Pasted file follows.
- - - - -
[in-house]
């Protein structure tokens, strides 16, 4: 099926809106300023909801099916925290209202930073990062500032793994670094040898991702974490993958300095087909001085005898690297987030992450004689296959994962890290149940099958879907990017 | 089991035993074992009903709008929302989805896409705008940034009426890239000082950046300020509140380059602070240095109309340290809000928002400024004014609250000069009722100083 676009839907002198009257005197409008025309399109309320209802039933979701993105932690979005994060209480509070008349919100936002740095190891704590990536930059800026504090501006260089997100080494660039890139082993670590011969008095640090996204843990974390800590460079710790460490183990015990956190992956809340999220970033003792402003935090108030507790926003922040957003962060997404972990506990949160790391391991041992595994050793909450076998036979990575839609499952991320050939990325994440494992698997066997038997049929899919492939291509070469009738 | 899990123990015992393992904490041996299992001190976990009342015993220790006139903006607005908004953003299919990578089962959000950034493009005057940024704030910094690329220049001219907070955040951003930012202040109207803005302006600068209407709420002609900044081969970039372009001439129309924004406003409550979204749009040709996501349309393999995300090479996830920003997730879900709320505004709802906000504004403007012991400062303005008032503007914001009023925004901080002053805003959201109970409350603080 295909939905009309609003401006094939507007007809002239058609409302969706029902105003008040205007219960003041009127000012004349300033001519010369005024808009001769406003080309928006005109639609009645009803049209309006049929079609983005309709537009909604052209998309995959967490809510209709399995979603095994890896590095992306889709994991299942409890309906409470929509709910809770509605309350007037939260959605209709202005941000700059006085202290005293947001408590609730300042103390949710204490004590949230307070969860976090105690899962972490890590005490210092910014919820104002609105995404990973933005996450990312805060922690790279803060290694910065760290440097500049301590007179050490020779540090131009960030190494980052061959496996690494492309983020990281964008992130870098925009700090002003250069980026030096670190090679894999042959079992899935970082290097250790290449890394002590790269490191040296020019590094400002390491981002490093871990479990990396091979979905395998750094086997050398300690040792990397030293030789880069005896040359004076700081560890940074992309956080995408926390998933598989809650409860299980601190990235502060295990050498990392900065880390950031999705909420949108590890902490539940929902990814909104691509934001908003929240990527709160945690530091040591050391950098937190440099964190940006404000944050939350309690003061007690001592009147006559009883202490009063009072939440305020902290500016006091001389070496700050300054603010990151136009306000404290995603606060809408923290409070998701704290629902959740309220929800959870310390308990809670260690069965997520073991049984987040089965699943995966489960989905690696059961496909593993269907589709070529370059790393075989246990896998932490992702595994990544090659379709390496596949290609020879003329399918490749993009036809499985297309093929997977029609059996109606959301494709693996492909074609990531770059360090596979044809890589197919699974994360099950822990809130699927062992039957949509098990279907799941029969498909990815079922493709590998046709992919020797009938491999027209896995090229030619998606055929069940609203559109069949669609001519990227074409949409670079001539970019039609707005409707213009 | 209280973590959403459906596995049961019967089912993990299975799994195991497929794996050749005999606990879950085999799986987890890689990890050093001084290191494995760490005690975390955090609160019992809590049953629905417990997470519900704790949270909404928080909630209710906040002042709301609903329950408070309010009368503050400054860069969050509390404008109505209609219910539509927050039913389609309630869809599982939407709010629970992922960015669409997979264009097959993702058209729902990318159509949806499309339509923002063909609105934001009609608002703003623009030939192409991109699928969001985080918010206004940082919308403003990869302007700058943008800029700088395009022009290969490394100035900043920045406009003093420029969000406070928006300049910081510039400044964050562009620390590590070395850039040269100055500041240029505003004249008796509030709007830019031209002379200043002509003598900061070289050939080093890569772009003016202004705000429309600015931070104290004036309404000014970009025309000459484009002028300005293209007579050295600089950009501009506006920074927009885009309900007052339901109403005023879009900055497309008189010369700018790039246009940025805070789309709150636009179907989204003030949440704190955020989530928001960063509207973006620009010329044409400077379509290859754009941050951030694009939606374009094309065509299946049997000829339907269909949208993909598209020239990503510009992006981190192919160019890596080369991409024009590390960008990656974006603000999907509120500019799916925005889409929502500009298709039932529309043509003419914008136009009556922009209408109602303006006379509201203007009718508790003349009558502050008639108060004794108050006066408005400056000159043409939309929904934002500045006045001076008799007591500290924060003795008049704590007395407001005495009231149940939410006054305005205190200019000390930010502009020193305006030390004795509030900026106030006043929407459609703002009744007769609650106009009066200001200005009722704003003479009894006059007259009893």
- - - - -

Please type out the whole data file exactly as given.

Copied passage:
[in-house]
């Protein structure tokens, strides 16, 4: 099926809106300023909801099916925290209202930073990062500032793994670094040898991702974490993958300095087909001085005898690297987030992450004689296959994962890290149940099958879907990017 | 089991035993074992009903709008929302989805896409705008940034009426890239000082950046300020509140380059602070240095109309340290809000928002400024004014609250000069009722100083 676009839907002198009257005197409008025309399109309320209802039933979701993105932690979005994060209480509070008349919100936002740095190891704590990536930059800026504090501006260089997100080494660039890139082993670590011969008095640090996204843990974390800590460079710790460490183990015990956190992956809340999220970033003792402003935090108030507790926003922040957003962060997404972990506990949160790391391991041992595994050793909450076998036979990575839609499952991320050939990325994440494992698997066997038997049929899919492939291509070469009738 | 899990123990015992393992904490041996299992001190976990009342015993220790006139903006607005908004953003299919990578089962959000950034493009005057940024704030910094690329220049001219907070955040951003930012202040109207803005302006600068209407709420002609900044081969970039372009001439129309924004406003409550979204749009040709996501349309393999995300090479996830920003997730879900709320505004709802906000504004403007012991400062303005008032503007914001009023925004901080002053805003959201109970409350603080 295909939905009309609003401006094939507007007809002239058609409302969706029902105003008040205007219960003041009127000012004349300033001519010369005024808009001769406003080309928006005109639609009645009803049209309006049929079609983005309709537009909604052209998309995959967490809510209709399995979603095994890896590095992306889709994991299942409890309906409470929509709910809770509605309350007037939260959605209709202005941000700059006085202290005293947001408590609730300042103390949710204490004590949230307070969860976090105690899962972490890590005490210092910014919820104002609105995404990973933005996450990312805060922690790279803060290694910065760290440097500049301590007179050490020779540090131009960030190494980052061959496996690494492309983020990281964008992130870098925009700090002003250069980026030096670190090679894999042959079992899935970082290097250790290449890394002590790269490191040296020019590094400002390491981002490093871990479990990396091979979905395998750094086997050398300690040792990397030293030789880069005896040359004076700081560890940074992309956080995408926390998933598989809650409860299980601190990235502060295990050498990392900065880390950031999705909420949108590890902490539940929902990814909104691509934001908003929240990527709160945690530091040591050391950098937190440099964190940006404000944050939350309690003061007690001592009147006559009883202490009063009072939440305020902290500016006091001389070496700050300054603010990151136009306000404290995603606060809408923290409070998701704290629902959740309220929800959870310390308990809670260690069965997520073991049984987040089965699943995966489960989905690696059961496909593993269907589709070529370059790393075989246990896998932490992702595994990544090659379709390496596949290609020879003329399918490749993009036809499985297309093929997977029609059996109606959301494709693996492909074609990531770059360090596979044809890589197919699974994360099950822990809130699927062992039957949509098990279907799941029969498909990815079922493709590998046709992919020797009938491999027209896995090229030619998606055929069940609203559109069949669609001519990227074409949409670079001539970019039609707005409707213009 | 209280973590959403459906596995049961019967089912993990299975799994195991497929794996050749005999606990879950085999799986987890890689990890050093001084290191494995760490005690975390955090609160019992809590049953629905417990997470519900704790949270909404928080909630209710906040002042709301609903329950408070309010009368503050400054860069969050509390404008109505209609219910539509927050039913389609309630869809599982939407709010629970992922960015669409997979264009097959993702058209729902990318159509949806499309339509923002063909609105934001009609608002703003623009030939192409991109699928969001985080918010206004940082919308403003990869302007700058943008800029700088395009022009290969490394100035900043920045406009003093420029969000406070928006300049910081510039400044964050562009620390590590070395850039040269100055500041240029505003004249008796509030709007830019031209002379200043002509003598900061070289050939080093890569772009003016202004705000429309600015931070104290004036309404000014970009025309000459484009002028300005293209007579050295600089950009501009506006920074927009885009309900007052339901109403005023879009900055497309008189010369700018790039246009940025805070789309709150636009179907989204003030949440704190955020989530928001960063509207973006620009010329044409400077379509290859754009941050951030694009939606374009094309065509299946049997000829339907269909949208993909598209020239990503510009992006981190192919160019890596080369991409024009590390960008990656974006603000999907509120500019799916925005889409929502500009298709039932529309043509003419914008136009009556922009209408109602303006006379509201203007009718508790003349009558502050008639108060004794108050006066408005400056000159043409939309929904934002500045006045001076008799007591500290924060003795008049704590007395407001005495009231149940939410006054305005205190200019000390930010502009020193305006030390004795509030900026106030006043929407459609703002009744007769609650106009009066200001200005009722704003003479009894006059007259009893």